BMA seeks to reject use of foetal eggs

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The Independent Online
THE MEDICAL Ethics Committee of the British Medical Association has decided that ovarian tissue from human foetuses should not be used to provide eggs for infertile women.

The committee had no objection to foetal tissue being used for research into fertility, but drew the line at the possibility of an unborn female foetus becoming the biological mother of a new generation.

The doctors also took the view that eggs could be donated after death by a woman, or a girl, who had previously given specific, competent permission to help with the shortage of eggs for infertile women. The decision must now go the the BMA Council and five other BMA committees representing GPs, consultants, junior hospital doctors, academics and public health doctors.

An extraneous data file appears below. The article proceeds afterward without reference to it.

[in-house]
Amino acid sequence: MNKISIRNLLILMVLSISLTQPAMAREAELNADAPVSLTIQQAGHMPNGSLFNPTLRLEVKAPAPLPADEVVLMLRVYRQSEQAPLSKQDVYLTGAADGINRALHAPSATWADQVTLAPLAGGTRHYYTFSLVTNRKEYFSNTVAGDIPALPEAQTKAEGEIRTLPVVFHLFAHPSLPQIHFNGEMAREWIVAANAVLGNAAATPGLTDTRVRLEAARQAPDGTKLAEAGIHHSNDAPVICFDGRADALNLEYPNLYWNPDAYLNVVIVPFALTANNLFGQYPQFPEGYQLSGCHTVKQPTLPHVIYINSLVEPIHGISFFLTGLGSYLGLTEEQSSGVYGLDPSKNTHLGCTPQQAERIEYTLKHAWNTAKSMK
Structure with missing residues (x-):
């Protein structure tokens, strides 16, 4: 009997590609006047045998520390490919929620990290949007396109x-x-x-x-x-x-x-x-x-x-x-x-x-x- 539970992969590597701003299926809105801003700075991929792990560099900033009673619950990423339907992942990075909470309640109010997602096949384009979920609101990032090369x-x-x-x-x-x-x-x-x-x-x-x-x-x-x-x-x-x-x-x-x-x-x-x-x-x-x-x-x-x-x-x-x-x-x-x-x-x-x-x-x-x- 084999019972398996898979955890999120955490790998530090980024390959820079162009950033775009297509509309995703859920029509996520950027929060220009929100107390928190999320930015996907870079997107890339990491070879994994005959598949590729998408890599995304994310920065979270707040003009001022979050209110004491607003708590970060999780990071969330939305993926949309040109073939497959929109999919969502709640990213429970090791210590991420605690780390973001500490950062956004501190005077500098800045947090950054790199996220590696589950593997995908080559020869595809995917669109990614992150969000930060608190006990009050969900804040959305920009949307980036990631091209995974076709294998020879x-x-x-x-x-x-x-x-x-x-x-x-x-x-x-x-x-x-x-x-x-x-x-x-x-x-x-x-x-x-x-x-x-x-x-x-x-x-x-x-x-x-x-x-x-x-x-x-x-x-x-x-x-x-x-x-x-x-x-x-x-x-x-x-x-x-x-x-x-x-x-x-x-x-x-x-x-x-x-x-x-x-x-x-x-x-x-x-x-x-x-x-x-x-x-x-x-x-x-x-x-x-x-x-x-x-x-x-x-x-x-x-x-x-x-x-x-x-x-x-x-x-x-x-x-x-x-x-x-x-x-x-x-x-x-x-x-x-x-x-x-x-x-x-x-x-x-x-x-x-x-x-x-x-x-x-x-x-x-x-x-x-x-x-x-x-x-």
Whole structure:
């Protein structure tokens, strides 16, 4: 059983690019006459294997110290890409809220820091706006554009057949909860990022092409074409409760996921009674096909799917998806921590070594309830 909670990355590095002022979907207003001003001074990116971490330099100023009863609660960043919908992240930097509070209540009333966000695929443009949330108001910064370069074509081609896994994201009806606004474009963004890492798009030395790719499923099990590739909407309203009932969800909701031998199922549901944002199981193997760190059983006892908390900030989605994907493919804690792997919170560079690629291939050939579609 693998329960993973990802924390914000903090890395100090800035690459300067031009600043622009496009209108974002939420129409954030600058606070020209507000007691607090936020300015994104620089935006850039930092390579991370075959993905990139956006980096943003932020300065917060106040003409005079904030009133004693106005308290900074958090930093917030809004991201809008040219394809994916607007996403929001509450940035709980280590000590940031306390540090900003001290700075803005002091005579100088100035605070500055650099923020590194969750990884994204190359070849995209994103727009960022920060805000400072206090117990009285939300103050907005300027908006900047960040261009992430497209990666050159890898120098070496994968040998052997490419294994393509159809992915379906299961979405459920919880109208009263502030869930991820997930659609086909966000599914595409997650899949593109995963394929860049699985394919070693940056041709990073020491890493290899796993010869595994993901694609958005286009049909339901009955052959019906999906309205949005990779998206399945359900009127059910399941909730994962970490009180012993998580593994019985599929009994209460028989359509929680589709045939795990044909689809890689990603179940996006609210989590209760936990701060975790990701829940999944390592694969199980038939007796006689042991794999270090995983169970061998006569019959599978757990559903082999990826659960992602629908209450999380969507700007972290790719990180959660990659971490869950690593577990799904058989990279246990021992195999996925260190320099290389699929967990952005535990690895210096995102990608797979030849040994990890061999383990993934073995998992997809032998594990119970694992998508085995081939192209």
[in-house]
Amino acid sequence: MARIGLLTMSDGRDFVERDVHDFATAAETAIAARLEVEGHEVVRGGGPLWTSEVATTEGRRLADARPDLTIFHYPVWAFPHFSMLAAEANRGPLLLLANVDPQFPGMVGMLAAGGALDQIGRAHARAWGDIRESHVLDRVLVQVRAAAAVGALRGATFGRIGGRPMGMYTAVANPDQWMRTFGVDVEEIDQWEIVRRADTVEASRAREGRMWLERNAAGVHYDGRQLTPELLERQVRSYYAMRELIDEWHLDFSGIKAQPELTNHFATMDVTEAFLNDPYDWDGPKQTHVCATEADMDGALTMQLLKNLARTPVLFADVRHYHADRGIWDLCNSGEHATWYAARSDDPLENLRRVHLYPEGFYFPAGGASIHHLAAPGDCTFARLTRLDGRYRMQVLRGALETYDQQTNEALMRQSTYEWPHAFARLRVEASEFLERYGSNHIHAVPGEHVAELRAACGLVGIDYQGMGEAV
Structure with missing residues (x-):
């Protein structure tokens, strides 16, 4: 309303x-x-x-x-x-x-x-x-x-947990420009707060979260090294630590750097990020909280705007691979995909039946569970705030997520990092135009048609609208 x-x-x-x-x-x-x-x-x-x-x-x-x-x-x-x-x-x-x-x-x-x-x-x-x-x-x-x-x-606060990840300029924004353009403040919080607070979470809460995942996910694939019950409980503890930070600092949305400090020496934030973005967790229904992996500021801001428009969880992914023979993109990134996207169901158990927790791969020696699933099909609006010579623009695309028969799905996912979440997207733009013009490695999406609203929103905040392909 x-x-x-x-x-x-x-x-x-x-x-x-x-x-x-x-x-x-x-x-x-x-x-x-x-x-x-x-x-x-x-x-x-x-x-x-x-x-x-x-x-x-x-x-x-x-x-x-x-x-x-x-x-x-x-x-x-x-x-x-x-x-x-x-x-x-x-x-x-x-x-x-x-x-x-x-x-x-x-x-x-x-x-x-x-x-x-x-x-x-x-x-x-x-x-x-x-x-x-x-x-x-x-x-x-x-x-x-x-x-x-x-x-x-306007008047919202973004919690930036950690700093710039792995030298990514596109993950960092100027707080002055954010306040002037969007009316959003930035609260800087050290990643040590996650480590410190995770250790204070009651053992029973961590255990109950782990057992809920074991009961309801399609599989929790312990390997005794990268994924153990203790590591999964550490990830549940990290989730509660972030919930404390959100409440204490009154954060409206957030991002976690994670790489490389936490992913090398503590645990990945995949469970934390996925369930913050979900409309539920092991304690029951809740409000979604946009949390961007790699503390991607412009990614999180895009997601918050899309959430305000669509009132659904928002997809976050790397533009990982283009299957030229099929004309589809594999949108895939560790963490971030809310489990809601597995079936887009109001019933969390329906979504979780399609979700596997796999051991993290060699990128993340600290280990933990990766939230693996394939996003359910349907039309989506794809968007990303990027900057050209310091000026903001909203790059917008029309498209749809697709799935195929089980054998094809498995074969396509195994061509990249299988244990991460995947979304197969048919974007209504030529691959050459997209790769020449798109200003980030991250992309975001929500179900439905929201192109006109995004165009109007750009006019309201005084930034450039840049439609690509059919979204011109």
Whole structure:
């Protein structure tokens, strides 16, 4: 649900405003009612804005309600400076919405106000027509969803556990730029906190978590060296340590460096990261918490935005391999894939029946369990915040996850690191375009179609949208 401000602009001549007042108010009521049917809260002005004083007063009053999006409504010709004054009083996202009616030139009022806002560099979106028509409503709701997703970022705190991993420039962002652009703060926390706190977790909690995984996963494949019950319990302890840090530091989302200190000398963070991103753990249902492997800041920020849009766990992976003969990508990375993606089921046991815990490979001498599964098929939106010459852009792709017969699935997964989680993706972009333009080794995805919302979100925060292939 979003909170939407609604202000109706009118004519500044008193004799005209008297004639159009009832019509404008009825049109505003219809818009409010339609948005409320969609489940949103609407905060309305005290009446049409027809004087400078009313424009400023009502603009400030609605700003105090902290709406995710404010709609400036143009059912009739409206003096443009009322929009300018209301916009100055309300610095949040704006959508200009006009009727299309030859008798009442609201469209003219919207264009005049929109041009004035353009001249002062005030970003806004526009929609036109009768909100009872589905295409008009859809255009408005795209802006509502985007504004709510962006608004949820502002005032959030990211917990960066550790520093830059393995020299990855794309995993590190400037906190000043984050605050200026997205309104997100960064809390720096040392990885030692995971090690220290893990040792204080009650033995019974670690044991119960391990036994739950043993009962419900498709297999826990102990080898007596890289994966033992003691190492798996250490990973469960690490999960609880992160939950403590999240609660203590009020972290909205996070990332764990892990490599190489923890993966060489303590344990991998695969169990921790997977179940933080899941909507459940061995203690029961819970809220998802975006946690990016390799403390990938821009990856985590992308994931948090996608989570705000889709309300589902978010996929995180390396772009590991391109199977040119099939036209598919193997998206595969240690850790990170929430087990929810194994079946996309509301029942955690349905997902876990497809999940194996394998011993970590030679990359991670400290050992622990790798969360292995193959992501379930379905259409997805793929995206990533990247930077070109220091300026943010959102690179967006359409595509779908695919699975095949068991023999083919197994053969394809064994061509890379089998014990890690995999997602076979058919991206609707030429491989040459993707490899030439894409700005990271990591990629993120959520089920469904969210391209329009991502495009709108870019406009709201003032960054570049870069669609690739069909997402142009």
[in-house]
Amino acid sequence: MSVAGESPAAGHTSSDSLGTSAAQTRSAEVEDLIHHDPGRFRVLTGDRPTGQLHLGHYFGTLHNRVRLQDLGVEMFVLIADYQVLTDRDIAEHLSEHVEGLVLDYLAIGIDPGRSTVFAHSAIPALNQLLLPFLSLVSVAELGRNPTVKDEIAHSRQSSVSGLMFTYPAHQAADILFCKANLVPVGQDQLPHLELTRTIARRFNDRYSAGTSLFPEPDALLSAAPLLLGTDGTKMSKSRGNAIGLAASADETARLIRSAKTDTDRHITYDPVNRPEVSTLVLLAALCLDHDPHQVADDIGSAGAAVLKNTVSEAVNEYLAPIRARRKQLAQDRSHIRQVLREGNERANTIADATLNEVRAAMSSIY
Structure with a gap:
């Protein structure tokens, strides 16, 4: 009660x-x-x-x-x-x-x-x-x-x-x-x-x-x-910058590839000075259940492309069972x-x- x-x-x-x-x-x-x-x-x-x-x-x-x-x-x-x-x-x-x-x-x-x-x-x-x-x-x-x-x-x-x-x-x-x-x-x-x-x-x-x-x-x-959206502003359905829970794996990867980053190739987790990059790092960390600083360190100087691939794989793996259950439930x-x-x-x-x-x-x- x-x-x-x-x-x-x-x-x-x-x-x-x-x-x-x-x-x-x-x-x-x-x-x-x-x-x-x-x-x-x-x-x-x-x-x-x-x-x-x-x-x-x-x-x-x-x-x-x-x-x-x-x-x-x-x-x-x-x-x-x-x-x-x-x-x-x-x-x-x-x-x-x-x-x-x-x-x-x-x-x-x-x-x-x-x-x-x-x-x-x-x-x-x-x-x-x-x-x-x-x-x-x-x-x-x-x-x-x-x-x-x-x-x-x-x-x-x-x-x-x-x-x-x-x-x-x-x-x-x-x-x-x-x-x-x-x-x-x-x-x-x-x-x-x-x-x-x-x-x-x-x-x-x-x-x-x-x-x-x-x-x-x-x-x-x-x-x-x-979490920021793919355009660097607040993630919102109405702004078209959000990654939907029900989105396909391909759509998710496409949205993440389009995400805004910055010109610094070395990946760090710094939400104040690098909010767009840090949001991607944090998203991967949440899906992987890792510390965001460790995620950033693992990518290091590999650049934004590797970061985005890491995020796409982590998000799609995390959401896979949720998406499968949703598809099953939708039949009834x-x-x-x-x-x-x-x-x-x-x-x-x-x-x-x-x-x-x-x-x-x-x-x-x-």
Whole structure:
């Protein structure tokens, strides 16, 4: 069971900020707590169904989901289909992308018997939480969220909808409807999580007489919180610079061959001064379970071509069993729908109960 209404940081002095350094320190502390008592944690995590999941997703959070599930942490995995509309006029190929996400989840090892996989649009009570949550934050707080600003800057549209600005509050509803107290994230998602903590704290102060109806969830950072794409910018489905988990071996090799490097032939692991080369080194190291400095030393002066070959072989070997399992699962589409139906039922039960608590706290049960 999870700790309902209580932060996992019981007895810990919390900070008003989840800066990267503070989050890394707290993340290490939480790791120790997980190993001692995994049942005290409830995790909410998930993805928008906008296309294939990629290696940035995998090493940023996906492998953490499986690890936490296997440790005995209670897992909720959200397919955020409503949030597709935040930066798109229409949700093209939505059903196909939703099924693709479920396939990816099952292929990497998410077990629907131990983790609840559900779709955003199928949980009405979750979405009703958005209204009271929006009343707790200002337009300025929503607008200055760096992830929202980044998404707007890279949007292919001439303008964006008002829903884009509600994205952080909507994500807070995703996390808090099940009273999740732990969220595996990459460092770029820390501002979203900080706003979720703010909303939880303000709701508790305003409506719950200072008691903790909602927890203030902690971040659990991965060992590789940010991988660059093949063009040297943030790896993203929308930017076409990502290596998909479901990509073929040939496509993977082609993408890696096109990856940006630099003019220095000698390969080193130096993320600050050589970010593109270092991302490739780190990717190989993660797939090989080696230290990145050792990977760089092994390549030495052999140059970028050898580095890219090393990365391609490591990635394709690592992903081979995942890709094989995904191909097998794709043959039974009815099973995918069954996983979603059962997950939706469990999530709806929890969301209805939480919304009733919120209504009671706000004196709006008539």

Whatever these groups decide - and the BMA hierarchy is anxious that they agree - the ethics committee's decision is bound to be influential.

The BMA debates are in response to the request from the Human Fertilisation and Embryology Authority which asked for discussion among the public and interested groups after it became clear that researchers had reached a stage where they could try to produce eggs from the tissue of human female foetuses.

The long and 'strong' debate between members of the ethics committee has changed the position it first reached last September when it could see no ethical reason to ban use of foetal tissue in this way.

Dr Stuart Horner, the committee's chairman, said last night: 'What has changed between these two meetings is that we have had a chance to assess the issues in more detail and gain impressions about how other people think about this. There may be no logical reason but we believe there is a limit and we think our decisions have identified where that boundary should be drawn at present.'